Report Outlines Flaws in Kansas’ Juvenile Justice System

Topeka Capital-Journal

By Tim Carpenter

The juvenile justice system in Kansas functions inadequately due to a tangled organizational structure, inappropriate assignment of youths to detention facilities, poor use of mental health and substance abuse evaluations and over reliance on lengthy periods of incarceration, a consultant’s report said Wednesday.

The analysis indicated Kansas operated without statewide guidelines for determining the appropriate level of supervision for juvenile offenders by local and state agencies. The Kansas Department of Corrections and local authorities aren’t linked by computer to coherently manage youths and the collection of statistical information on offenders falls short.

In addition, the report said the state’s allocation of block grants to local providers was based on the number of people served rather than performance outcomes. The $16 million spent annually on private residential placement doesn’t guarantee effective treatment, the report said.

The evaluation by the nonpartisan Council of State Governments indicated these and other factors contributed to a youth recidivism rate in Kansas higher than the national average.

“Recidivism rates are higher than we’d like to see,” said Josh Weber, a program director with the organization’s Justice Center “It’s not a good use of resources.”

He told House and Senate corrections committee members introduction of data-driven policies and practices in Kansas could better serve youths and allow for reinvestment of money in community-based programs.

“You’ve given us a lot to ponder,” said Rep. John Rubin, a Shawnee Republican and chairman of the House Corrections and Juvenile Justice Committee. “I dare say this is somewhat of a wake-up call for us.”

He said the report could be the foundation of a comprehensive reform bill considered during the 2016 legislative session.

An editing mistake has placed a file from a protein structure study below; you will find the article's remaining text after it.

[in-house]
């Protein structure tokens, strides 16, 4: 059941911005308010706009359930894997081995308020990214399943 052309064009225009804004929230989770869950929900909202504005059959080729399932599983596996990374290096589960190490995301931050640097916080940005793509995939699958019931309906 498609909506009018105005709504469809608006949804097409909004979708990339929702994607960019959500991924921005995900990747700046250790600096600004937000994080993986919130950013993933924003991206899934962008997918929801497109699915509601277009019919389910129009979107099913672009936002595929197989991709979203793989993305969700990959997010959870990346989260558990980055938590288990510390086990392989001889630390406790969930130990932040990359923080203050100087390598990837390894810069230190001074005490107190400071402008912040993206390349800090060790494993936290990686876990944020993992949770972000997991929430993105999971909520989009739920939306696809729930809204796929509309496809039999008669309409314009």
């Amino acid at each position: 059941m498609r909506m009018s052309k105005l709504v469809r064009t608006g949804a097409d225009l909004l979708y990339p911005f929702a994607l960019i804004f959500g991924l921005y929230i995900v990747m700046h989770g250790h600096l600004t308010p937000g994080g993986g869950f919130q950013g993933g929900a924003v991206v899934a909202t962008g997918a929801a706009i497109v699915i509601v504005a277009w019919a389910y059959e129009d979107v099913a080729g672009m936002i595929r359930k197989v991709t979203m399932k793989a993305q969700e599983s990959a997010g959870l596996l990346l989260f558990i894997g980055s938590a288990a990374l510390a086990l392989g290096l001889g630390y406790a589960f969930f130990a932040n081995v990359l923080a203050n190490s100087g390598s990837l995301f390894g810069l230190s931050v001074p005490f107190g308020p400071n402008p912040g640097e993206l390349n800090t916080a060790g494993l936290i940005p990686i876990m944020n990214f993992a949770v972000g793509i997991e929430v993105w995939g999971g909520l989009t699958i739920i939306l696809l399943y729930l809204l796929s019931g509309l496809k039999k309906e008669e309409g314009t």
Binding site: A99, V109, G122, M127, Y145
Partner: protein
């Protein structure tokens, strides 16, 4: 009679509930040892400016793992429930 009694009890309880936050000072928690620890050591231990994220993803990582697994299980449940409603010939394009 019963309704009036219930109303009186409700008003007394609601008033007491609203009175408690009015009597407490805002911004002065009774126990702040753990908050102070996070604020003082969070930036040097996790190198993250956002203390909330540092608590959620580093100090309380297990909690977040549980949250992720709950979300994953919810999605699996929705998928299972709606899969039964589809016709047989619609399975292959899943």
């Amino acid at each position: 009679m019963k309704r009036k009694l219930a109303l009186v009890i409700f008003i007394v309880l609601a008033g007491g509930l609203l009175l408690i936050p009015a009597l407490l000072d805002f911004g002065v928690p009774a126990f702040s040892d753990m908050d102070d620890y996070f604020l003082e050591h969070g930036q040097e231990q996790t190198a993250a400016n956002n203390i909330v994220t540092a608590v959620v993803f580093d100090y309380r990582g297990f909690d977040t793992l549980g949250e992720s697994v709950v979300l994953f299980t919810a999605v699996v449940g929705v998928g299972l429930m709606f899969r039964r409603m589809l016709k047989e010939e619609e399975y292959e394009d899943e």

Rep. Russell Jennings, R-Lakin, said the state would have benefit of research on recidivism that didn’t exist 20 years ago. Jennings, who led the state’s juvenile justice authority from 2007 to 2011, said the report captured many of the challenges facing the system in Kansas and other states.

Sen. Greg Smith, of Overland Park, the Republican chairman of the Senate Corrections and Juvenile Justice Committee, took particular interest in a finding that public school districts located near juvenile facilities resisted enrollment of offenders.

These individuals are disproportionately suspended or expelled, have fallen behind in academic work and rarely stay at the school more than a few months, Weber said.

The reviewers recommended Kansas adopt clear regulations for matching youths with the appropriate level of supervision, alter block granting to mandate private contractors deliver quality programs and vastly expand data collection and analysis.

Terri Williams, deputy secretary for juvenile services at the state Department of Corrections, said the agency welcomed the expertise of the Council of State Governments. The organization delved into Kansas’ programs as part of a multi-state reform initiative.

“We are supportive of their recommendations,” she said. “We’re committed to being data-driven.”

Robin Olsen, a manager with Pew Charitable Trusts’ public safety project, told the joint committee both the juvenile violent crime rate and the number of youths sent to state-funded facilities was declining nationally. Kansas is making progress, but at a slower pace.

She said the national out-of-home commitment rate declined 48 percent between 1997 and 2011. The decline in Kansas during that period was 38 percent, leaving the state with the 15th highest commitment in the country.

“Residential placements not only cost more than alternatives,” Olsen said, “they can actually increase offending for certain youth.”